Synopsis: Based on the urban legend that the Grand Duchess Anastasia is still alive after the Russian Revolution, Fox Animation Studios provides a family-friendly film that details her adventures in finding her grandmother in Paris foiling the evil sorcerer Rasputin.
Review: Not very funny or emotional for the audience, this film won’t draw you in. You just see Moses feel liberated on the screen, and know that you’re watching a tearjerker moment, but you’re totally aware that the screen is there and your eyes remain dry. However, after watching one would definitely understand Moses and his family better as people (and not just Bible figures), especially with the song “All I Ever Wanted,” and Miriam singing for her brother. This is a great achievement because it piques people’s interest in the Bible. People will want to learn more and research, and it’s great to understand religion, whatever one believes. Yet speaking of songs…
What blows your mind in this film is the art part. This film has great music. I practically loved every song- so much that I even made a music video for “When You Believe.” However, music isn’t all. The scenes are beautiful. As the Moses rides the chariot with his “brother, as the Hebrews cross the Red Sea, I just gaped in awe at the epic music and visuals. The scenes, the angles, the soundtrack and the muted colors complement it all. The art simply ties together so beautifully. Even the characters are designed well; Moses’ chiseled face shows strength.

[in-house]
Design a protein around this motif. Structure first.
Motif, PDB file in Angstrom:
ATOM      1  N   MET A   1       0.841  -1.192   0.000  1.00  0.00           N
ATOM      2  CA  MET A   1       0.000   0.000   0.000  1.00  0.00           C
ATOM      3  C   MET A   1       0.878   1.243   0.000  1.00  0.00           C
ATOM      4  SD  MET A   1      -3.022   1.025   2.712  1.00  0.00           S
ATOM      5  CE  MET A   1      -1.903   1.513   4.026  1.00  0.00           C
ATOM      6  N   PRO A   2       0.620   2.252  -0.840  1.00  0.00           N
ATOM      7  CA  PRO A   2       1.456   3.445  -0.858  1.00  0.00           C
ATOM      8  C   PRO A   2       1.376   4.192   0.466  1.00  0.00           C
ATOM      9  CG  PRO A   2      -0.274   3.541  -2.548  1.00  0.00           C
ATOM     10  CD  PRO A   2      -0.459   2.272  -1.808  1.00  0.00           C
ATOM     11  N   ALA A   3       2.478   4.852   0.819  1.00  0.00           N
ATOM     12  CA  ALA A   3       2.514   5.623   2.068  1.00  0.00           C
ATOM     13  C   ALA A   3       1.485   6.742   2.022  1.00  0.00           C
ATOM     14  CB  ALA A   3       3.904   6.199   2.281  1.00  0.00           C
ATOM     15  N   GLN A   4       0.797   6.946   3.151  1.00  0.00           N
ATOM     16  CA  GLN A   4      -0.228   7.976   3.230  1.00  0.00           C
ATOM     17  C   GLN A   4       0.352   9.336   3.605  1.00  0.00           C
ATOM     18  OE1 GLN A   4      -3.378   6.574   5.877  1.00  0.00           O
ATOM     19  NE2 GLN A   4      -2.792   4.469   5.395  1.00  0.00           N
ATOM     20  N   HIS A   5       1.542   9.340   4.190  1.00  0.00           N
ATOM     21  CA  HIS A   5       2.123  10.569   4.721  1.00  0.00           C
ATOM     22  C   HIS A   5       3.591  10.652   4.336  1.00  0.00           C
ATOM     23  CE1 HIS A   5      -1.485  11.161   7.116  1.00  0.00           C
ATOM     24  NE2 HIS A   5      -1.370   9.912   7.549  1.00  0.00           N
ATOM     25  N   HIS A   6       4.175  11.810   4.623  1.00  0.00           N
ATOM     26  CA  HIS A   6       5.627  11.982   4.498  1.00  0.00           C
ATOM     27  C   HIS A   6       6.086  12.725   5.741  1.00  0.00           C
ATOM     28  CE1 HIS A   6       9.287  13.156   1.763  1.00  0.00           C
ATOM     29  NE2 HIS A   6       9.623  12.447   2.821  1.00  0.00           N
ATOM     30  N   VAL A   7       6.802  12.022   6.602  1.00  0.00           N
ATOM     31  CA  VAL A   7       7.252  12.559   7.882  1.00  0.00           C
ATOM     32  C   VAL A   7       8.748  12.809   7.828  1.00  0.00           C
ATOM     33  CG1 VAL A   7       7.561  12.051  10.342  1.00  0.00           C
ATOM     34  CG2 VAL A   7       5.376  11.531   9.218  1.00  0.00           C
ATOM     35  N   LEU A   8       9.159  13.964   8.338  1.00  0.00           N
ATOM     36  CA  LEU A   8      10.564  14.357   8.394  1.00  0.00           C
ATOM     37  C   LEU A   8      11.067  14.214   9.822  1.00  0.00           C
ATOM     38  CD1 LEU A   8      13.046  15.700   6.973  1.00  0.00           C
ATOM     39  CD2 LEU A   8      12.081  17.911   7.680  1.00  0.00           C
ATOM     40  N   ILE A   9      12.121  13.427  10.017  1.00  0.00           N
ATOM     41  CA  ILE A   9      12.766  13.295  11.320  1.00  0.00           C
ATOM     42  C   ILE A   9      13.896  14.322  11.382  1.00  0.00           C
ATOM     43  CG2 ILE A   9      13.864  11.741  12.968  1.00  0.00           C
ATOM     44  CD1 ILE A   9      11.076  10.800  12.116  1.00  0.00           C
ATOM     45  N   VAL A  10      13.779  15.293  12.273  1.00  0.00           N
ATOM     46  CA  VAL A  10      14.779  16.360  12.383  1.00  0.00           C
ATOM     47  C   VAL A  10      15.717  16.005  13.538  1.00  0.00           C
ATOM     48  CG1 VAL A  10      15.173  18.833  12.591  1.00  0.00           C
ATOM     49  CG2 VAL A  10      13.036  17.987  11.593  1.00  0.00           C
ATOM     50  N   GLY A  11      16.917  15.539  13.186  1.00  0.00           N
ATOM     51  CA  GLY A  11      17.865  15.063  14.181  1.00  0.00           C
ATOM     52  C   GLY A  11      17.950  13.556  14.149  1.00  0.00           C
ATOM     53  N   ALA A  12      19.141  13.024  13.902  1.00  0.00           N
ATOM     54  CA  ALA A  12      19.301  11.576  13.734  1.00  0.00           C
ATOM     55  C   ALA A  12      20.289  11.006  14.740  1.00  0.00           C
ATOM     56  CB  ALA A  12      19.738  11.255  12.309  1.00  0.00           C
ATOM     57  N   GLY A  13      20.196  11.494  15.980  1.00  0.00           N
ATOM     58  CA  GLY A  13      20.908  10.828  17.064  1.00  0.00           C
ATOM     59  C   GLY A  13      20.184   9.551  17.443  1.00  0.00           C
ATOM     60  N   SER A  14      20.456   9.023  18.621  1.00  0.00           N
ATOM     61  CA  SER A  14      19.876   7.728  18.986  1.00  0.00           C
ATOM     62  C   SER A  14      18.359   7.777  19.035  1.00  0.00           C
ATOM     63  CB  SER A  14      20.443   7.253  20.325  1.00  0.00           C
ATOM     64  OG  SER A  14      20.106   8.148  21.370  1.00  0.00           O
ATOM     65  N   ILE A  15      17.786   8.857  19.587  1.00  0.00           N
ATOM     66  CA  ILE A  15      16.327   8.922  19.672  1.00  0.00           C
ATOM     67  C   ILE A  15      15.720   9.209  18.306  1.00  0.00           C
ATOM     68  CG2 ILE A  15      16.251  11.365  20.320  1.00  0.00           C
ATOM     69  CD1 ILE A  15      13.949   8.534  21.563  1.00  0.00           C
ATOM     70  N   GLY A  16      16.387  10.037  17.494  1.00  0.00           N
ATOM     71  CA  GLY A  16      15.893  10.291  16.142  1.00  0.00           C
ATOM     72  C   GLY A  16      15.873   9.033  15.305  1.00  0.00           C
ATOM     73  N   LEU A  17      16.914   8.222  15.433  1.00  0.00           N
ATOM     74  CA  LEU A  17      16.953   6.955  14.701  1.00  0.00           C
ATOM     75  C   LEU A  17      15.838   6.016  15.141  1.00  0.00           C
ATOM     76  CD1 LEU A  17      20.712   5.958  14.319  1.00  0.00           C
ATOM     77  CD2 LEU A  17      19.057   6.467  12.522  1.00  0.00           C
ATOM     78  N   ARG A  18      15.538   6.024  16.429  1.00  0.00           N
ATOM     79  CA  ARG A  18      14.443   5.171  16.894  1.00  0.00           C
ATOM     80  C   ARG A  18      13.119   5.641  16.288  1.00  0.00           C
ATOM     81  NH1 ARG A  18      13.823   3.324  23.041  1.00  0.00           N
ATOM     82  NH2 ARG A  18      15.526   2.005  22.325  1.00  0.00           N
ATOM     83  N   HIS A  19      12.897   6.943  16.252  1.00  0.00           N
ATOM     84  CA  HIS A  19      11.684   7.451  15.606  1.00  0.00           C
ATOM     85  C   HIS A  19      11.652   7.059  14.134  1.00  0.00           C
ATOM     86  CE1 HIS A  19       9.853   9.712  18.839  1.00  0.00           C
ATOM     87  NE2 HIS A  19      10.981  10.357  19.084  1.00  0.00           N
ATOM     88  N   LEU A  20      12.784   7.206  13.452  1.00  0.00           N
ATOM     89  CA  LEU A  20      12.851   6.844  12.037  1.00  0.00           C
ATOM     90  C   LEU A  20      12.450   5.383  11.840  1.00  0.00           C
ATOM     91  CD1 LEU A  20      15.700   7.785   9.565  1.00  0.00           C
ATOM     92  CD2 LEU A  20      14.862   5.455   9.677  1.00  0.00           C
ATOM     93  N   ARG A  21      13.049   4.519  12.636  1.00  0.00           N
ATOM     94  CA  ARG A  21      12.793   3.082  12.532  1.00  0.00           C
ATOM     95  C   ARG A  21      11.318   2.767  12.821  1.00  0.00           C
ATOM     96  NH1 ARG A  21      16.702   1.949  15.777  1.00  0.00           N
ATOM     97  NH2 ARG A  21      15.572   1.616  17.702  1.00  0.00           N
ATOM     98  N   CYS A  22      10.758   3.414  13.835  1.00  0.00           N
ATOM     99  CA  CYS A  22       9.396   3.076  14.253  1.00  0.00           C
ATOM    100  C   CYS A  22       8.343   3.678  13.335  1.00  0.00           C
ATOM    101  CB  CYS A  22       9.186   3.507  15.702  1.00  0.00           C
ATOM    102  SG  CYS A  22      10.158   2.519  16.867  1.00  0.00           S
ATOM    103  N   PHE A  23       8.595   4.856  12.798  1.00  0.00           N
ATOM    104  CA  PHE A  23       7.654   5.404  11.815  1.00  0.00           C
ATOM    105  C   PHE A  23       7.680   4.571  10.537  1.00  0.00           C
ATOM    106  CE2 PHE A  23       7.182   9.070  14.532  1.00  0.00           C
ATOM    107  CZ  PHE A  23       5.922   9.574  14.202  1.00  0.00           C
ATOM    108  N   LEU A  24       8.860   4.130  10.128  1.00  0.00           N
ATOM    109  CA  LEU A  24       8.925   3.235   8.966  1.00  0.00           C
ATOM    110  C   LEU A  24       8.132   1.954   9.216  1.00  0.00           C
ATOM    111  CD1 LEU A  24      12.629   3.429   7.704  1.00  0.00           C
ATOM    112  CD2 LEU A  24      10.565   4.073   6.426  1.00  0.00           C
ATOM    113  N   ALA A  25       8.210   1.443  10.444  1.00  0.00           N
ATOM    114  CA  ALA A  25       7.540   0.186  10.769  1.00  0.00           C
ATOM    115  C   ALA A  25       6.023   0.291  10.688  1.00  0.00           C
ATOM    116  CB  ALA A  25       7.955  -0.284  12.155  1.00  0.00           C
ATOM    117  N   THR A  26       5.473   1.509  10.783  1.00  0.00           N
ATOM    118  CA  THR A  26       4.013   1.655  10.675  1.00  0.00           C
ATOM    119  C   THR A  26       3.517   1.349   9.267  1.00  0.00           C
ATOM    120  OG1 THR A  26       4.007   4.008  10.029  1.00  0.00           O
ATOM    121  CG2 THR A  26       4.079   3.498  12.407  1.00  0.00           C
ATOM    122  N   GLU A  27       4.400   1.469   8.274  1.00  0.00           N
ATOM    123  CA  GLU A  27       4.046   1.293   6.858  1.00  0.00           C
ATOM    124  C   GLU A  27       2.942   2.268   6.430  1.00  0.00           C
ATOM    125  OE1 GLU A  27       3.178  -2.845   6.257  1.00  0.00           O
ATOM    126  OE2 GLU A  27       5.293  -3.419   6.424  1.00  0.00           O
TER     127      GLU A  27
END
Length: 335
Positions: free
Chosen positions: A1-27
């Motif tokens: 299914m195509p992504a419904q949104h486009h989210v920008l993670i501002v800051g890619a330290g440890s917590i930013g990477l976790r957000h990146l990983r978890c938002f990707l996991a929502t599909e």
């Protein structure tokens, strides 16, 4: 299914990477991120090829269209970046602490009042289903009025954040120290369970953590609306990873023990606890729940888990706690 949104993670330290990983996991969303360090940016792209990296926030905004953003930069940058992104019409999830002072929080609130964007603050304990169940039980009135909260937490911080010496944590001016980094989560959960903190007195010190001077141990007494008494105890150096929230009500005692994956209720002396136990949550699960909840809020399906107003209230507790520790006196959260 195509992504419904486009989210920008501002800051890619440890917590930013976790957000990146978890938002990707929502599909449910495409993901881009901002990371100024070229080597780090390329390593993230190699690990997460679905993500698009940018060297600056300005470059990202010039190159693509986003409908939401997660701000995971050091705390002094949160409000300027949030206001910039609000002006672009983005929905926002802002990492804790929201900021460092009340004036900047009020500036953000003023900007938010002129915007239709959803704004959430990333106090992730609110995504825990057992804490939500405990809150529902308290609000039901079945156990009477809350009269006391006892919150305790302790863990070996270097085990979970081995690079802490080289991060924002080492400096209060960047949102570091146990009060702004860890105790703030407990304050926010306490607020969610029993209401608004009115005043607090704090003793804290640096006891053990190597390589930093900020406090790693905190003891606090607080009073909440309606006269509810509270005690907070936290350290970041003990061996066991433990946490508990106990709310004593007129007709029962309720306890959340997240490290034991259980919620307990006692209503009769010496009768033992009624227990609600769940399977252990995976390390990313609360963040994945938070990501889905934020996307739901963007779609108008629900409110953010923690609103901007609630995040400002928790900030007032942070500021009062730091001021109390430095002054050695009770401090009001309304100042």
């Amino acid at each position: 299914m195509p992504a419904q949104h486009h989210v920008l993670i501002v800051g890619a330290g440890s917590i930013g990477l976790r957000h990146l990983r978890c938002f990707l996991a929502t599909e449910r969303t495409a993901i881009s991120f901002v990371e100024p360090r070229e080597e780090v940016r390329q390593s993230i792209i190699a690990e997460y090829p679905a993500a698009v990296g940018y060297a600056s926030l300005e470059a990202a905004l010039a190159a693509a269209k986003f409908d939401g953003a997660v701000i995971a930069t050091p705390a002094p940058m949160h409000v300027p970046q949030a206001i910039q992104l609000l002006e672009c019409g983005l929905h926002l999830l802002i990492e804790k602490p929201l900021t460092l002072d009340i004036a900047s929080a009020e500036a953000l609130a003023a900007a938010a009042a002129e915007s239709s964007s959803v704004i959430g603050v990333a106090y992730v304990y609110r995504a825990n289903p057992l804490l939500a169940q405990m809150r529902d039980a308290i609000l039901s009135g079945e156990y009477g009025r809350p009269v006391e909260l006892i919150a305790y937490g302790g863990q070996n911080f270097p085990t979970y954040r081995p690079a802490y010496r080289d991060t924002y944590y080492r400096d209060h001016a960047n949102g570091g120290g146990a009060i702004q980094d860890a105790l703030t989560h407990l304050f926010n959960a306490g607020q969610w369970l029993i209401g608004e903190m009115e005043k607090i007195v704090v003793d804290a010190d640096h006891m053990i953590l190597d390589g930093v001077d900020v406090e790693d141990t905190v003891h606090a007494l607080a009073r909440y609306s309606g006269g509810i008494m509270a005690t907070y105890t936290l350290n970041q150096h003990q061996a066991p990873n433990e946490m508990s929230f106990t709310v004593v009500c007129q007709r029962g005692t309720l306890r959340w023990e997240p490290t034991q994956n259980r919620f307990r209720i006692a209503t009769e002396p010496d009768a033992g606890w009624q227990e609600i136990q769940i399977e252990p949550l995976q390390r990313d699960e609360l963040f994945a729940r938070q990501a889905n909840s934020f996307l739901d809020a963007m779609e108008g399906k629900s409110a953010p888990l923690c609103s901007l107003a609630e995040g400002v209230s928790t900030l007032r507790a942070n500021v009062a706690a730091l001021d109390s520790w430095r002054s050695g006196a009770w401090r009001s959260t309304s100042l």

A passionate depiction of Moses’ journey, The Prince of Egypt is Absolutely Worth Watching!
Background: This is an adaptation of the Book of Exodus. The film was nominated for best Original Musical or Comedy Score and won for Best Original Song at the 1999 Academy Awards for “When You Believe”. The song, co-written by Stephen Schwartz, Hans Zimmer and with additional production by Babyface, was nominated for Best Original Song (in a Motion Picture) at the 1999 Golden Globes, and was also nominated for Outstanding Performance of a Song for a Feature Film at theALMA Awards. (Source)
The film was released in theaters on December 18, 1998, and on home video on September 14, 1999. The film went on to gross $218,613,188 worldwide in theaters, making it the second animated feature not released by Disney to gross over $100 million in the U.S. after Paramount/Nickelodeon’s The Rugrats Movie. The Prince of Egypt became the top grossing non-Disney animated film until 2000 when it was out-grossed by the stop motion film Chicken Run (another DreamWorks film). The film also remained the highest grossing traditionally-animated non-Disney film until 2007, when it was out-grossed by The Simpsons Movie. (Source)